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. Last Updated: 07/27/2016

Court Opens Pope Espionage Trial

Opening the espionage trial against U.S. businessman Edmond Pope, a Moscow judge on Wednesday agreed to an independent medical examination to determine whether the defendant was healthy enough to remain in prison.

Pope, a retired U.S. Navy officer from State College, Pennsylvania, was arrested April 3 by the Federal Security Service on charges that he tried to buy plans for a high-speed Russian torpedo. He faces up to 20 years in prison if convicted.

Pope says he?s innocent, and the United States has called repeatedly for him to be released from Moscow?s Lefortovo Prison, where he has been for six months.

U.S. officials have warned that the case could discourage American investment in Russia. Russian officials have responded that the Americans were meddling in Russia?s legal system.

Pope?s lawyer, Pavel Astakhov, told reporters at the Moscow city court that he did not see the 26-page indictment until Wednesday, and that Pope had not been permitted to study it closely because it was based on classified materials.

The judge, Nina Barkina, is to read the indictment at the next session on Friday.

Barkina ordered that the defense recommend by Friday which doctors they wanted to examine Pope, who has suffered from a rare form of bone cancer. Astakhov said he would insist on an American doctor ? a request that has been denied up to now.

"Otherwise, it will be another farce, another fiction, as has already happened many times when a doctor on duty in Lefortovo, after examining Edmond Pope, concluded that he was healthy despite his oncological diagnosis," Astakhov said.

Earlier, Astakhov had argued Pope should be released ahead of the trial to seek treatment for bone cancer, which was in remission when he was arrested. Pope?s wife, Cheryl, has visited her husband several times in Moscow and said she fears the cancer has returned.

The lawyer also demanded a new translator. The translator at the hearing was from the Federal Security Service, or FSB, the agency that has lodged the charges against Pope.

"A person who is subordinated to or, because of his work, dependent on the leaders of the investigation ? cannot but be at least indirectly interested in the success of his department," he said.

Pope might refuse to testify because of the translator, Astakhov said. He said that Pope doubted the accuracy of the translation of the indictment, which he was permitted to see three times ? once when he signed it and twice when he was permitted to read it for an hour.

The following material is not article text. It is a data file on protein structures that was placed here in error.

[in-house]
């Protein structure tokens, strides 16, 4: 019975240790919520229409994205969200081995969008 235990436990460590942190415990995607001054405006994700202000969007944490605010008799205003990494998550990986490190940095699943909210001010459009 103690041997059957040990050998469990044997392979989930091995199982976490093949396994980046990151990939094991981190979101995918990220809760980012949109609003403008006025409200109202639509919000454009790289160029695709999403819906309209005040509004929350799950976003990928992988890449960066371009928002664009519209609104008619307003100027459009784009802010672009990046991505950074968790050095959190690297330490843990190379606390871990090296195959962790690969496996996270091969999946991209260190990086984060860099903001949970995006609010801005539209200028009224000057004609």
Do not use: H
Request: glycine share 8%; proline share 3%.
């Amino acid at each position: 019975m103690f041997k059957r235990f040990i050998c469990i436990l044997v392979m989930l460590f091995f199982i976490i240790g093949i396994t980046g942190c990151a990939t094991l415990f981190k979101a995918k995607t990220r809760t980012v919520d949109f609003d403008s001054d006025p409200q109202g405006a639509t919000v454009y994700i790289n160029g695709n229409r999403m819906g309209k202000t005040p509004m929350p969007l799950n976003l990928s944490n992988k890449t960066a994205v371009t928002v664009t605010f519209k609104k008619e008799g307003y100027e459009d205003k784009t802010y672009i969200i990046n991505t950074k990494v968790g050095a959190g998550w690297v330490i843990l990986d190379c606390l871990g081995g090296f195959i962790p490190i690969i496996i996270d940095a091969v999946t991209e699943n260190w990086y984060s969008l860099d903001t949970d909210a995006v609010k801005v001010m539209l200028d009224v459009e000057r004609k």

The court hearing was closed, and U.S. Embassy officials were not permitted in. Only Astakhov addressed reporters gathered outside.

"At this stage our concern is about the trial process, about the lack of information," said U.S. Undersecretary of State Thomas Pickering, who was in Moscow for talks on terrorism. (See story.)

Astakhov said his client was pessimistic about the outcome of the trial, which was expected to last up to four weeks, and that he was not feeling well.

A key figure in the case, a university professor named Anatoly Babkin, was not on the list of prosecution witnesses, Astakhov said. The defense will insist that he testify because he helped Pope in his search for unclassified naval equipment designs, he said.

"The whole case is built on the testimony of Anatoly Ivanovich Babkin," Astakhov said. "Either he will confirm his earlier testimony or he will explain the circumstances, will explain how this testimony was produced."

Babkin had been charged with divulging state secrets, but the FSB suspended his case.

Pope worked for the Applied Research Laboratory at Pennsylvania State University. He later founded CERF Technologies International, a company specializing in studying foreign maritime equipment, and traveled to Russia dozens of times.

Pope?s supporters and family say he was seeking information on an underwater propulsion system that is at least 10 years old and has already been sold abroad. But the Russians say the Shkval underwater missile is leading-edge military technology. The missile glides on huge air bubbles it creates as it goes along, and can build up speeds of hundreds of kilometers per hour.

The U.S. House of Representatives passed a nonbinding resolution last week urging the Clinton administration to link future aid to Russia to Pope?s release.